Early Detection of Cutaneous Lymphoma

October 1, 1998

Cutaneous lymphomas comprise a spectrum of diseases characterized by infiltration of the skin by malignant lymphocytes. The clinical manifestations of cutaneous lymphomas vary, and they can mimic benign dermatoses,

ABSTRACT: Cutaneous lymphomas comprise a spectrum of diseases characterized by infiltration of the skin by malignant lymphocytes. The clinical manifestations of cutaneous lymphomas vary, and they can mimic benign dermatoses, as well as nodal or visceral malignancies with cutaneous spread. Cutaneous lymphomas are divided into T-cell lymphomas and B-cell lymphomas. Cutaneous T-cell lymphomas include mycosis fungoides, Szary syndrome, lymphomatoid papulosis, CD30+ large cell lymphoma, and adult T-cell leukemia/lymphoma. The extent and severity of skin manifestations in cutaneous T-cell lymphomas are prognostic indicators of extracutaneous involvement. Primary cutaneous B-cell lymphomas comprise 10% to 25% of all primary cutaneous non-Hodgkin's lymphomas and are classified according to their cell of origin. Most cutaneous B-cell lymphomas have an indolent course and excellent prognosis when compared to their nodal counterparts. Many factors have been implicated in the etiology of cutaneous lymphomas, including chemical and drug exposures, as well as microbial agents, such as the Epstein-Barr virus (EBV), human T-lymphocyte virus-1 (HTLV-1), and Borrelia burgdorferi. Immunohistochemistry and lymphocyte-receptor gene rearrangement studies are useful in distinguishing malignant from benign conditions. [ONCOLOGY 12(10):1521-1530, 1998]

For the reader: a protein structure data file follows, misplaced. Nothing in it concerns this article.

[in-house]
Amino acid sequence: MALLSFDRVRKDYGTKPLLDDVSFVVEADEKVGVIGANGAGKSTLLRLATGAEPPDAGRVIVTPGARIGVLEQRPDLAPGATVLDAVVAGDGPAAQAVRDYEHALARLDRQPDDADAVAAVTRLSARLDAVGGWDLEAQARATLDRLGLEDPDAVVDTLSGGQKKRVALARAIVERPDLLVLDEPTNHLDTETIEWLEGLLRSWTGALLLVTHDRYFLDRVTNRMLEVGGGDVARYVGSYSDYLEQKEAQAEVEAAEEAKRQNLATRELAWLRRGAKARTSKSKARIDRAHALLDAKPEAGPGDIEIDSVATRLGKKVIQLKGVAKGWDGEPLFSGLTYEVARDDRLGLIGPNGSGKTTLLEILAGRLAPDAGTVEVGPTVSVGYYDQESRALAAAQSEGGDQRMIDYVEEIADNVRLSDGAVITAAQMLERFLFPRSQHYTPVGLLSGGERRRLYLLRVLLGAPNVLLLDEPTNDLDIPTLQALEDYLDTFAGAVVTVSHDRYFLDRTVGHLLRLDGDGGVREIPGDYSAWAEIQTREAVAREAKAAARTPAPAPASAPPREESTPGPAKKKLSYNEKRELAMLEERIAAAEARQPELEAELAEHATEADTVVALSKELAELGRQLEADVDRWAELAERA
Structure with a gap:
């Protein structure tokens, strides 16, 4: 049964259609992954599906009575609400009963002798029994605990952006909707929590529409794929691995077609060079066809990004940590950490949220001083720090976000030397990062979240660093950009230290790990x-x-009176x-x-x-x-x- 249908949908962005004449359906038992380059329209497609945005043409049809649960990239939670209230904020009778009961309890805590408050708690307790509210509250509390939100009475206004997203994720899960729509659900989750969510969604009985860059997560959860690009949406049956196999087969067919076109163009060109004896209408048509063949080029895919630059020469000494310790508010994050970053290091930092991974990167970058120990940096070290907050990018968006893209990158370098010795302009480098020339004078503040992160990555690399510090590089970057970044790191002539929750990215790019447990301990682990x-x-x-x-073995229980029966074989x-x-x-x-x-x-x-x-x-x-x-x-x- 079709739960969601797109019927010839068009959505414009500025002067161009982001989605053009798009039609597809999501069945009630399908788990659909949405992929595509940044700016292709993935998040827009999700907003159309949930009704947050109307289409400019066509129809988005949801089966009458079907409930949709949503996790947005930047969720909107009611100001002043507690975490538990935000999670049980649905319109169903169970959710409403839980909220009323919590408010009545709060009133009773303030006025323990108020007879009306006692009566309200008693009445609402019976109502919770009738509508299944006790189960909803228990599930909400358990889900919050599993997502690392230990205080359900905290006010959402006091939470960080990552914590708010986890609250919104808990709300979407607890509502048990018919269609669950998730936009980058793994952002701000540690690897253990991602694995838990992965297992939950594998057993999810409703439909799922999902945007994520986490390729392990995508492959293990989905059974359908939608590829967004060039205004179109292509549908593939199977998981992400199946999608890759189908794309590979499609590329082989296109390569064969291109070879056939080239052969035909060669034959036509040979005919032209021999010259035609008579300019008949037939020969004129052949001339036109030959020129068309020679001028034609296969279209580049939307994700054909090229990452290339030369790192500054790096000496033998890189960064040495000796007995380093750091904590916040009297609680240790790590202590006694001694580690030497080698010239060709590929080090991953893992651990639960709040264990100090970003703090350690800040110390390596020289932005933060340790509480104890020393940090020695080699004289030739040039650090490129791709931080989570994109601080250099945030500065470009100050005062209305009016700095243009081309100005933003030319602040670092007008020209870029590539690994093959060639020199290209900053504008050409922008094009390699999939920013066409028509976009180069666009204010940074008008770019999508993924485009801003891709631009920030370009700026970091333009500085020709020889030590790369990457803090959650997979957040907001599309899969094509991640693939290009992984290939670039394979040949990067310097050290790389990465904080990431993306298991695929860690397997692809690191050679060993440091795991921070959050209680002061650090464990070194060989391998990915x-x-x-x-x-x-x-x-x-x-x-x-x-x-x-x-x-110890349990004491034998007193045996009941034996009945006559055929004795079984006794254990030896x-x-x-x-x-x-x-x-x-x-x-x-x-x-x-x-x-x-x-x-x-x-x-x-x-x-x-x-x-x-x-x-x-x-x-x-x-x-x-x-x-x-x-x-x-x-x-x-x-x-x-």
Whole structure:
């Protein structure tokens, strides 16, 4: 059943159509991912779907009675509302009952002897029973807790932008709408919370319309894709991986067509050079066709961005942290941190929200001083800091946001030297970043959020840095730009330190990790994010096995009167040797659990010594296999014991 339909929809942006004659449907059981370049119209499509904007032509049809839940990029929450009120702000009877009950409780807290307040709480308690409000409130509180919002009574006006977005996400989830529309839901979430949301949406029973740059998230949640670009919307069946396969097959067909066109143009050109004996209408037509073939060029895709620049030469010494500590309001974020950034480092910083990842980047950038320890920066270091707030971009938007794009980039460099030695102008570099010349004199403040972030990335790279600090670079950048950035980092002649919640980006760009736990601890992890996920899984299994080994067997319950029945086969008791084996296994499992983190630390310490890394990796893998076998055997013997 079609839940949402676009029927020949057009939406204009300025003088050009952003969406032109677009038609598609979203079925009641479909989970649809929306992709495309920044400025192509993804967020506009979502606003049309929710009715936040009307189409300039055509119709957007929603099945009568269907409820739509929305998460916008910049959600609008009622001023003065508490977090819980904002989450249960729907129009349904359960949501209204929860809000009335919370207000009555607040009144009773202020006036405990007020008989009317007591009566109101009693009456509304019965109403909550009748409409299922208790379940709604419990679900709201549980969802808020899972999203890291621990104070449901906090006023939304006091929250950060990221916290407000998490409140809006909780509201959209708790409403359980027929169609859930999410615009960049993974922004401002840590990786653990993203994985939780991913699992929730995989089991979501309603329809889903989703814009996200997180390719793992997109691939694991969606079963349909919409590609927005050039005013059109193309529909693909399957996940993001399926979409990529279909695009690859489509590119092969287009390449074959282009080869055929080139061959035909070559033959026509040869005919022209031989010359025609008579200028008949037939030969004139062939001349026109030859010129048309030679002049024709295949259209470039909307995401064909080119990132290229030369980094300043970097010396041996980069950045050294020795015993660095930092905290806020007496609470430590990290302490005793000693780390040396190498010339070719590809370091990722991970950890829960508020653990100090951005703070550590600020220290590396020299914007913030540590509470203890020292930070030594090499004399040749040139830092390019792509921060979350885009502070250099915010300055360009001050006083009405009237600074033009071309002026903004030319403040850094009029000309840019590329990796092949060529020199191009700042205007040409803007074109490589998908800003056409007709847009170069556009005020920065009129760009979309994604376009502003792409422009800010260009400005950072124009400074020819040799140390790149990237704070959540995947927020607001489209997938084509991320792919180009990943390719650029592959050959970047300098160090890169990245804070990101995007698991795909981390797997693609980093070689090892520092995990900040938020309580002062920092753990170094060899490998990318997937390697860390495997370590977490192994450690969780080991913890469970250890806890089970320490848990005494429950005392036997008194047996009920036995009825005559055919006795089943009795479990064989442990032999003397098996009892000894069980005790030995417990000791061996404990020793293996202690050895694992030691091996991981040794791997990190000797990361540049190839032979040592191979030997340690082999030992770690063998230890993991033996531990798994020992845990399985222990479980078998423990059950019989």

Introduction

Primary cutaneous lymphomas encompass a wide spectrum of both T- and B-cell lymphomas. They are the second most common group of extranodal non-Hodgkin’s lymphomas after primary gastrointestinal lymphomas.[1] Primary cutaneous lymphomas have characteristic clinical behavior and histologic features, and their prognosis differs from that of primary nodal lymphomas of the same histologic subtype. Each case of cutaneous lymphoma must be assessed to determine whether it is of primary cutaneous origin or secondary to nodal and/or systemic disease.

Both cutaneous T-cell and B-cell lymphomas are further subdivided into different clinical entities. Within the spectrum of cutaneous T-cell lymphomas, mycosis fungoides is the most common subtype, comprising 50% of cases. Other less common clinical variants are the mycosis fungoides d’emblee variant, Woringer-Kolopp disease, Szary syndrome, alopecia mucinosa, poikiloderma vasculare atrophicans, lymphomatoid papulosis, CD30+ large cell lymphoma, and human T-lymphocyte virus type 1 (HTLV-1)-associated adult T-cell leukemia/lymphoma.

Cutaneous B-cell lymphomas are less common than cutaneous T-cell lymphomas and account for less than 20% of all primary cutaneous lymphomas.[2] Unlike the cutaneous T-cell lymphomas, the different subtypes of cutaneous B-cell lymphoma may appear similar clinically, but they are distinguishable at the histopathologic and molecular level.

Epidemiology and Causation

Cutaneous T-cell lymphoma is observed worldwide and affects both genders. Approximately 1,000 incident cases of cutaneous T-cell lymphoma occur annually in the United States. African-Americans experience the highest incidence rates, followed by Caucasians and Asian-Americans. Both incidence and mortality are higher in men than in women.[3,4]

Environmental Factors: Mycosis fungoides may be causally linked to chemical and nuclear exposures. A recent case-control study was conducted to determine whether exposure to chemicals in the workplace is related to an excess incidence of hematopoietic and lymphoid neoplasms. A positive association was found between exposure to chemicals and death due to non-Hodgkin’s lymphoma, multiple myeloma, and lymphoid leukemia at < 65 years of age.[5]

On the other hand, Whittemore et al found no consistent relationship between occupational or chemical exposure and risk for mycosis fungoides.[6] Another study conducted in Scotland showed no increased risk of childhood leukemia and non-Hodgkin’s lymphoma in cohorts of patients living near a nuclear site, but this study did not specifically mention cutaneous lymphoma.[7]